Burgess’s vision for the show is deeply rooted in authenticity, especially in the realm of sound effects, a crucial element of radio plays. “We use some outstanding vintage sound effects,” she explains, emphasizing the dedication to originality. Among the most fascinating is ‘The DOOR’ – a relic from the WXYZ studio in Detroit, used in iconic broadcasts like The Lone Ranger and The Green Hornet. “Marty Bufalini saved that treasure, and we’ve rented it from his great collection,” Burgess adds, highlighting the historical significance embedded in the production.
The pre-show entertainment is another layer that enhances the audience’s experience, reminiscent of the era’s studio audience setup. “The pre-show is more informal, like you’re at a USO show or nightclub act,” Burgess describes, setting the scene for a night filled with Christmas and WWII-era hits, alongside social intermissions.
Discussing the concept of “theatre of the mind,” Burgess sheds light on the unique demands of a radio play. “It was the challenge of conveying character through voice and sounds alone that demanded the audience envision the action,” she says. This imaginative engagement is crucial, transforming simple sounds, like the crunch of cornstarch, into vivid scenes.
Directing actors in this format involves meticulous guidance to ensure that each voice conveys the right emotions and characteristics. “The voices, pace, and energy must be very intentional,” Burgess states, underscoring the intricate process of directing for radio.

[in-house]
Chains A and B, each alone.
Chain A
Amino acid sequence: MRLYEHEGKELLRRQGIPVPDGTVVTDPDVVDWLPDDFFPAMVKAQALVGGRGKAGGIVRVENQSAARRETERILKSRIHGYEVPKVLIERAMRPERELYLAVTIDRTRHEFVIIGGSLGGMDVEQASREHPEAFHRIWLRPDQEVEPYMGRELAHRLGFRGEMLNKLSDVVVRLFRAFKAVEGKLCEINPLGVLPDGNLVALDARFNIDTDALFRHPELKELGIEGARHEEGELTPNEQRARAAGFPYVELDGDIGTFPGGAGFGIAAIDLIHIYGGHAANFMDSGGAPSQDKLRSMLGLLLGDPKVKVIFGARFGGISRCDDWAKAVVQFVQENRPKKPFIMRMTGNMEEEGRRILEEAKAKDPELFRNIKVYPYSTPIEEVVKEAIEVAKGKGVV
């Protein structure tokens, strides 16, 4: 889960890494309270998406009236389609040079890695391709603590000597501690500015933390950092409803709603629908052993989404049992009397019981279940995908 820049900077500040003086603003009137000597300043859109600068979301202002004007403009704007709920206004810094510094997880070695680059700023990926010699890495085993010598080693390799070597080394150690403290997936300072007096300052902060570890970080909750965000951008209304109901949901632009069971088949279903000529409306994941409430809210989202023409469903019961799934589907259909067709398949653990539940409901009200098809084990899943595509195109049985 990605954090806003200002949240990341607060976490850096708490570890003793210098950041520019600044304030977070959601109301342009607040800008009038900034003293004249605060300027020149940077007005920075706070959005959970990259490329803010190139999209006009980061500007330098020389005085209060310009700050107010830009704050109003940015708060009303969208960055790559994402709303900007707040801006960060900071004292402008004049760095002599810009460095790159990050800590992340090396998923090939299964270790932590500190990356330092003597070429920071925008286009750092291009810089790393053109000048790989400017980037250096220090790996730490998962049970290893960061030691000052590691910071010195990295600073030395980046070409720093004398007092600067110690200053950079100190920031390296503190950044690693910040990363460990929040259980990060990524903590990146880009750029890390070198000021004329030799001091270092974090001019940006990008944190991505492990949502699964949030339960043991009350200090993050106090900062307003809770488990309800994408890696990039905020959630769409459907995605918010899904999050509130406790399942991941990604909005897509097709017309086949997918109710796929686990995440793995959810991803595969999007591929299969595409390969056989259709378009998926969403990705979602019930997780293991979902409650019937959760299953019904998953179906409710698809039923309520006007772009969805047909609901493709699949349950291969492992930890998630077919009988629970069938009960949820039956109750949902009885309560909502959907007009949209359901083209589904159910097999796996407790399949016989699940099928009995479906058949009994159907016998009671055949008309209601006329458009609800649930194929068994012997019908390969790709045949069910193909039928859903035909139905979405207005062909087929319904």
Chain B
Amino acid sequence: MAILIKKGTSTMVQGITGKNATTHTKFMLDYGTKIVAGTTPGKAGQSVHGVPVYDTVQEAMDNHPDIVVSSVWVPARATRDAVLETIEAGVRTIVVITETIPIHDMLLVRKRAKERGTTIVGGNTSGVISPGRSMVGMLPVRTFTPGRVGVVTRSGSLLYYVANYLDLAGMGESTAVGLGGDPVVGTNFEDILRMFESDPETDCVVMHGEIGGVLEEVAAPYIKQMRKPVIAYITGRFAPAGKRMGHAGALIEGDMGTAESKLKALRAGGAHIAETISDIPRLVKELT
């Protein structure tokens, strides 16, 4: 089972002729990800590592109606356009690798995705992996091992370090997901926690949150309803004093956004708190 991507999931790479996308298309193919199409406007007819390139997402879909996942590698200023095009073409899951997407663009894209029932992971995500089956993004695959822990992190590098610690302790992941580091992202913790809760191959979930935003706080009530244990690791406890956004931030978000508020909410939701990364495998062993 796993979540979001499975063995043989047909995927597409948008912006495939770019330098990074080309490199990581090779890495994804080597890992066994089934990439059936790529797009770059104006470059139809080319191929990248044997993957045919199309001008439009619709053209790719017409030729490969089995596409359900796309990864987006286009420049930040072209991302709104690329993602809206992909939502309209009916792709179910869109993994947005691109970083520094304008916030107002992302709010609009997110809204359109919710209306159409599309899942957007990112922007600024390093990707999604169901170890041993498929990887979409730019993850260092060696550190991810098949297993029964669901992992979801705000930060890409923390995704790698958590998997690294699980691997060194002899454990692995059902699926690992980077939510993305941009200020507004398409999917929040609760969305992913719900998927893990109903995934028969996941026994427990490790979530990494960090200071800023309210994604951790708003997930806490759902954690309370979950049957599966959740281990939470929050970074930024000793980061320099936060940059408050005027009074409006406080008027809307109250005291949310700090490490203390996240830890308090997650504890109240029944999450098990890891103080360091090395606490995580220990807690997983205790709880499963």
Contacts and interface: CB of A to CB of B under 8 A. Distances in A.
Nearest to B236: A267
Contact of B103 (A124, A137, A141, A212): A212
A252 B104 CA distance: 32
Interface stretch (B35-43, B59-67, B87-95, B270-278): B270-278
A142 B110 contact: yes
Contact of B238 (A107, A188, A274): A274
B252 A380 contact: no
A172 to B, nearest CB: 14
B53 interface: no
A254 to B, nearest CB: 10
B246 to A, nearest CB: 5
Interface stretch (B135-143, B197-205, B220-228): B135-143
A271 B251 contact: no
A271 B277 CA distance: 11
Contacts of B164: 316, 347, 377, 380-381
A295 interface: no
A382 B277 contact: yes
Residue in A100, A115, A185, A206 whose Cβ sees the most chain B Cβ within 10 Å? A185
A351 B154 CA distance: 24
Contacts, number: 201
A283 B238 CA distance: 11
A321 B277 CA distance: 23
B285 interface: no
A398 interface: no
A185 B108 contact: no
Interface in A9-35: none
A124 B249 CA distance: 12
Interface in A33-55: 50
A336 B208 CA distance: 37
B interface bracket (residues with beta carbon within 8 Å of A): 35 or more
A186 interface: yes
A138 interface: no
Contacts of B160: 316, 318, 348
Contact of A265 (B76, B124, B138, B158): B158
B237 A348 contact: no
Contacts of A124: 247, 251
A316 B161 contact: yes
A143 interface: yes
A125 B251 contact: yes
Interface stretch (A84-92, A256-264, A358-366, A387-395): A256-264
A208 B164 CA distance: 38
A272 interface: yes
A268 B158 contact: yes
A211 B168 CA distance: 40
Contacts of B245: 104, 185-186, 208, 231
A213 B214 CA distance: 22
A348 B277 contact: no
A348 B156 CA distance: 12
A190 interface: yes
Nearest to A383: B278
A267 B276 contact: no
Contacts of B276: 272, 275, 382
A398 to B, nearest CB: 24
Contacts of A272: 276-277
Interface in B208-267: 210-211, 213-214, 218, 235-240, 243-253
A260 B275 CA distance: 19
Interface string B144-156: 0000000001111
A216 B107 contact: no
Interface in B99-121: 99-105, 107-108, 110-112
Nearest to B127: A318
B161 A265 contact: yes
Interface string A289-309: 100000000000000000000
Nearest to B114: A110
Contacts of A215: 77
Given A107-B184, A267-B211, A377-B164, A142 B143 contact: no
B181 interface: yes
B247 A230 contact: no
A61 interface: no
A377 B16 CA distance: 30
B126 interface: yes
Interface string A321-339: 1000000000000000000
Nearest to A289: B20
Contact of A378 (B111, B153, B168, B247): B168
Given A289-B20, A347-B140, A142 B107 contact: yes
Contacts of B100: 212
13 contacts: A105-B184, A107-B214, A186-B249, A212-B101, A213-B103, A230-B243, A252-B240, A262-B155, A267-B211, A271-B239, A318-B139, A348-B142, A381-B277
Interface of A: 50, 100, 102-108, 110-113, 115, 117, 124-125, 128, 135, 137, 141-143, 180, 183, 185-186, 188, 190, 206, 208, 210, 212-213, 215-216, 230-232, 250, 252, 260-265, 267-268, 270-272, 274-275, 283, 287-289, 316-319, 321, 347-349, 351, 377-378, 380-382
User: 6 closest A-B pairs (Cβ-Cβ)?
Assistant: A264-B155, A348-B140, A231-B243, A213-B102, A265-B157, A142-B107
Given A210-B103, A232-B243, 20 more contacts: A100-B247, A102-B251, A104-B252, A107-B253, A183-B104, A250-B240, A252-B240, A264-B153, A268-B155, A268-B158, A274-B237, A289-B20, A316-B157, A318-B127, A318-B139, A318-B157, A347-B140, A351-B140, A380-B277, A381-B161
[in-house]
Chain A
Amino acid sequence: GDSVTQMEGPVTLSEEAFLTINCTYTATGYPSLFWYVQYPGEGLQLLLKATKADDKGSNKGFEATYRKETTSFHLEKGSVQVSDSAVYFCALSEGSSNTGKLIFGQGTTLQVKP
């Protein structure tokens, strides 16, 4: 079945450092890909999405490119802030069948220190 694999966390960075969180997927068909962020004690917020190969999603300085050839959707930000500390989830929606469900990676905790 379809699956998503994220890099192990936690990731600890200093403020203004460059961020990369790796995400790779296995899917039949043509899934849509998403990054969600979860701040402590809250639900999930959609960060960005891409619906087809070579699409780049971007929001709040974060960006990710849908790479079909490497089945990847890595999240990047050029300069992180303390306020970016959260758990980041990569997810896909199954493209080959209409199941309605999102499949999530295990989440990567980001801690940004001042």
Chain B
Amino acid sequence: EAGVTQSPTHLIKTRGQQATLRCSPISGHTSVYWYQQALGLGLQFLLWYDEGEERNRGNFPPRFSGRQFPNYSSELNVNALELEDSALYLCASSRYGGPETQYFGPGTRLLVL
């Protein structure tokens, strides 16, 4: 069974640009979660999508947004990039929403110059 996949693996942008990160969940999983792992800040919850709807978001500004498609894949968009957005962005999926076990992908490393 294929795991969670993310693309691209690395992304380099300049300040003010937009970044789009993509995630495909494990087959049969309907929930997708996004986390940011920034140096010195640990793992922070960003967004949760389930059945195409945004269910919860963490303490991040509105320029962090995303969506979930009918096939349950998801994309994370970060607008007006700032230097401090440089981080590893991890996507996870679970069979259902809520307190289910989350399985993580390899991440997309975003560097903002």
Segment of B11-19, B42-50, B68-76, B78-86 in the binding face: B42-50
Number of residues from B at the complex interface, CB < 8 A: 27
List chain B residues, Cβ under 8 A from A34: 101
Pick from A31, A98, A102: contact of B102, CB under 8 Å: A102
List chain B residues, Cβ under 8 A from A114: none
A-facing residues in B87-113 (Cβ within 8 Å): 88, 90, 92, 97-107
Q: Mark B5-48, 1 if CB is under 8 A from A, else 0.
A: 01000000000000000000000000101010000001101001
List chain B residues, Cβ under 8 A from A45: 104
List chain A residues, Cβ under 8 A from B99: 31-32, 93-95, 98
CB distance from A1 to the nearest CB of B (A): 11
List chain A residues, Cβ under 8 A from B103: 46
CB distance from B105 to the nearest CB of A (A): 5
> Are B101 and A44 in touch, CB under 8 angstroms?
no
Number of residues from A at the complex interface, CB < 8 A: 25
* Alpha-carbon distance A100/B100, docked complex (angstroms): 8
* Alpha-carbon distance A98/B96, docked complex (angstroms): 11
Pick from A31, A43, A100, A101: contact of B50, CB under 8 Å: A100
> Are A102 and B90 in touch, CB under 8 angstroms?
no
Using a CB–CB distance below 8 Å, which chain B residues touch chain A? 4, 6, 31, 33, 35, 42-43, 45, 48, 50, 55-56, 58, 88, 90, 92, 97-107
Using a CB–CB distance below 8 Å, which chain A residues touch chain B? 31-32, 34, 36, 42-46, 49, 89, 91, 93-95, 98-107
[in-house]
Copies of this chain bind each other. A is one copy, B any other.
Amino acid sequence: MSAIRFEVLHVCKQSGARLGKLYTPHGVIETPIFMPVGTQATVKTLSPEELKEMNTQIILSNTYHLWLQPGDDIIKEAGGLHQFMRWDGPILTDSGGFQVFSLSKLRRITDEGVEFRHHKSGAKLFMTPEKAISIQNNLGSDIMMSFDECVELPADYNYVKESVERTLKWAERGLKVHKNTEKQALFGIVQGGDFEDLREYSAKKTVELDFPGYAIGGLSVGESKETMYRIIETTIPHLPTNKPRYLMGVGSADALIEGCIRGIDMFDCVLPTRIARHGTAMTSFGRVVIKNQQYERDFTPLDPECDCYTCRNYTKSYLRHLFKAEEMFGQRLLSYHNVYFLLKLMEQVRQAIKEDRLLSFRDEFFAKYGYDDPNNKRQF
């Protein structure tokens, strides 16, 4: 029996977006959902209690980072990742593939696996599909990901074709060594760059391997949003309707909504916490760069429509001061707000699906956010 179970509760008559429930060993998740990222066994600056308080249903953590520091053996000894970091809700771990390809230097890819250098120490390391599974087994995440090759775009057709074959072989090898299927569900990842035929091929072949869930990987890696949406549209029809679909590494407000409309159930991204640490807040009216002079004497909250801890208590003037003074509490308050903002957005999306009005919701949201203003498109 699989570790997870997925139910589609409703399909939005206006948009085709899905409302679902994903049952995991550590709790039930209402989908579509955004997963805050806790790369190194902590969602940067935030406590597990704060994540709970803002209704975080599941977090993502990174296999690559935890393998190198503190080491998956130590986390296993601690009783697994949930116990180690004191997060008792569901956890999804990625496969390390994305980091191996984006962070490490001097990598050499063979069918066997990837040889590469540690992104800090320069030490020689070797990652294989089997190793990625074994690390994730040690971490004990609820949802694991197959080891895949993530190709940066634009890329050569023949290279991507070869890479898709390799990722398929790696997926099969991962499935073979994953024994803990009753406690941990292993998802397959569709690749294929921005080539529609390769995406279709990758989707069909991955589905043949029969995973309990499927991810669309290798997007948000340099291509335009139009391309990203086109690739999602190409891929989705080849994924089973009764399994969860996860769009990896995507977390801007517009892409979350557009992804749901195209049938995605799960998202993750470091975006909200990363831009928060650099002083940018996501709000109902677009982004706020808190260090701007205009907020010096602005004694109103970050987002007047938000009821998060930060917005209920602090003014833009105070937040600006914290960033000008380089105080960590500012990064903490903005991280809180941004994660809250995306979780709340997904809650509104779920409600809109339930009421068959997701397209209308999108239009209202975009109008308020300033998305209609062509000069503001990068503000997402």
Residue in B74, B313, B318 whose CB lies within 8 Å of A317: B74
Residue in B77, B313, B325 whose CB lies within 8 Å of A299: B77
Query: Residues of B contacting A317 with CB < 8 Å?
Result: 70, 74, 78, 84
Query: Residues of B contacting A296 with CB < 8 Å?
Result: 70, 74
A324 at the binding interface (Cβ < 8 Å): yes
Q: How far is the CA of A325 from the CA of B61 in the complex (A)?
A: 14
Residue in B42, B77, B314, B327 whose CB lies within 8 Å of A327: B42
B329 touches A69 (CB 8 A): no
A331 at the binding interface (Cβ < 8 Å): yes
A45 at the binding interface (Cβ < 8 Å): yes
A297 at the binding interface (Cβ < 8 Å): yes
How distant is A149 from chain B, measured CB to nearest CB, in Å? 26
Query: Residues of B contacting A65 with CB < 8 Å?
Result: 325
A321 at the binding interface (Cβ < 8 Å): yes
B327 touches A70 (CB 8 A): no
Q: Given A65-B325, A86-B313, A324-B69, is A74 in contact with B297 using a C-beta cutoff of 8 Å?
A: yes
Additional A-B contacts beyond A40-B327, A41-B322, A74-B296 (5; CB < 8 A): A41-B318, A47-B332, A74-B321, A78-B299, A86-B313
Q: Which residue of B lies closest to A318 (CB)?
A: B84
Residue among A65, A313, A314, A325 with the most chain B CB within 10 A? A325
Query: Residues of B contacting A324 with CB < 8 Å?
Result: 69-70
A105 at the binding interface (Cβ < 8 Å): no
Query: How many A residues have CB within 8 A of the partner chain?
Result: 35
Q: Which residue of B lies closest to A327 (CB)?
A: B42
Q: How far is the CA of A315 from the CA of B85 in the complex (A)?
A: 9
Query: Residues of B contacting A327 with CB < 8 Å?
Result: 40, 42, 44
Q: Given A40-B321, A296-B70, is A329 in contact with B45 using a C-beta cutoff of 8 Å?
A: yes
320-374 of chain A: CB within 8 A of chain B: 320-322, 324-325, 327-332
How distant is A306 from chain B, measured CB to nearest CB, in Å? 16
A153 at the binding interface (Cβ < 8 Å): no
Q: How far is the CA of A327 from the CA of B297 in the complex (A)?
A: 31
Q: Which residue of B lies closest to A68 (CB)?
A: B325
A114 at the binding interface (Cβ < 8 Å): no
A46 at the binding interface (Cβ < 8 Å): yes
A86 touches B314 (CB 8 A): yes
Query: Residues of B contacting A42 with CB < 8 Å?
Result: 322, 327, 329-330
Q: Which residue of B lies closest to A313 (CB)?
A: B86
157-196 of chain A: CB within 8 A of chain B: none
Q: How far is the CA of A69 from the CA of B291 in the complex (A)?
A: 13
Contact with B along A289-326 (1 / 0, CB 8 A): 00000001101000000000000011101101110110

Balancing nostalgia with innovation, the production incorporates both vintage and digital sound effects. “The thrill to me is seeing the actual old sound effects actively employed,” Burgess shares, her passion for blending the old with the new palpable.
Burgess hopes that audiences will appreciate the uniqueness of this theatrical experience. “A well-worn tale, a classic, but told with the incomparable je ne sais quoi of live theatre,” she articulates, emphasizing the rarity and charm of this ensemble piece.
Envisioning the audience’s role, Burgess anticipates an immersive experience. “I hope they’re swept away by the story,” she says, expecting them to actively participate in the unfolding drama.
Lastly, Burgess reflects on the rewards of directing this production. “It’s about the incredible camaraderie,” she states, emphasizing the collective effort and community spirit that makes such a project fulfilling.
The choice of cabaret seating for the show was another strategic decision by Burgess, aimed at enhancing the overall atmosphere of the production. “Migration Hall has fabulous acoustics and great sight lines,” she explains, adding that the setup creates a ‘dinner theatre’ atmosphere, perfectly complementing the 1940s setting of the play.
As the final scene of “It’s A Wonderful Life: The Radio Show” will draw to a close at Migration Hall, the audience will most likely be left with more than just the echo of Clarence’s bell. This unique presentation of the beloved classic is more than just a play; it’s an invitation to a journey through the collective memories and joys of the past, reminding us to cherish the unspoken bonds and unsung heroes in our lives.
For those looking forward to being part of this magical holiday experience, tickets are available at the Migration Hall website and box office. This opportunity to step into a world where each life’s story is celebrated, and every moment is a gift, awaits those who choose to embrace the enduring spirit of George Bailey.